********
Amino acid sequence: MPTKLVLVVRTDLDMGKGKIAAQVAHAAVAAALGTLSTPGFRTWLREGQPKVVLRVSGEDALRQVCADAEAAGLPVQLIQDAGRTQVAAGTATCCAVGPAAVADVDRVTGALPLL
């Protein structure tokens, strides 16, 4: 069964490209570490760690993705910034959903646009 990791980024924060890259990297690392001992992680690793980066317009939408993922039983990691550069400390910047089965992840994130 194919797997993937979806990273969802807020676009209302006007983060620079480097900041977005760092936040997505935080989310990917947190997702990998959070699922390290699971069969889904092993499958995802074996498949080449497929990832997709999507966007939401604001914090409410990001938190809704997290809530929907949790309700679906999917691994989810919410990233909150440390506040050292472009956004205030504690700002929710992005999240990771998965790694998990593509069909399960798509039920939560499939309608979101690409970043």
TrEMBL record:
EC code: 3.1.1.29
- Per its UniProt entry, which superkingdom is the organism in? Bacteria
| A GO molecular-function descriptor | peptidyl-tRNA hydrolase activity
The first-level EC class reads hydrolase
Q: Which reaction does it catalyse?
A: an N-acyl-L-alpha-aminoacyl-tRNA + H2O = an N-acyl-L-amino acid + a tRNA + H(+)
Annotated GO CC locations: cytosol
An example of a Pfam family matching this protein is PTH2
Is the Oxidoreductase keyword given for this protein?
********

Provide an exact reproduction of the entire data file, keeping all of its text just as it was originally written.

Amino acid sequence: MPTKLVLVVRTDLDMGKGKIAAQVAHAAVAAALGTLSTPGFRTWLREGQPKVVLRVSGEDALRQVCADAEAAGLPVQLIQDAGRTQVAAGTATCCAVGPAAVADVDRVTGALPLL
């Protein structure tokens, strides 16, 4: 069964490209570490760690993705910034959903646009 990791980024924060890259990297690392001992992680690793980066317009939408993922039983990691550069400390910047089965992840994130 194919797997993937979806990273969802807020676009209302006007983060620079480097900041977005760092936040997505935080989310990917947190997702990998959070699922390290699971069969889904092993499958995802074996498949080449497929990832997709999507966007939401604001914090409410990001938190809704997290809530929907949790309700679906999917691994989810919410990233909150440390506040050292472009956004205030504690700002929710992005999240990771998965790694998990593509069909399960798509039920939560499939309608979101690409970043």
TrEMBL record:
EC code: 3.1.1.29
- Per its UniProt entry, which superkingdom is the organism in? Bacteria
| A GO molecular-function descriptor | peptidyl-tRNA hydrolase activity
The first-level EC class reads hydrolase
Q: Which reaction does it catalyse?
A: an N-acyl-L-alpha-aminoacyl-tRNA + H2O = an N-acyl-L-amino acid + a tRNA + H(+)
Annotated GO CC locations: cytosol
An example of a Pfam family matching this protein is PTH2
Is the Oxidoreductase keyword given for this protein?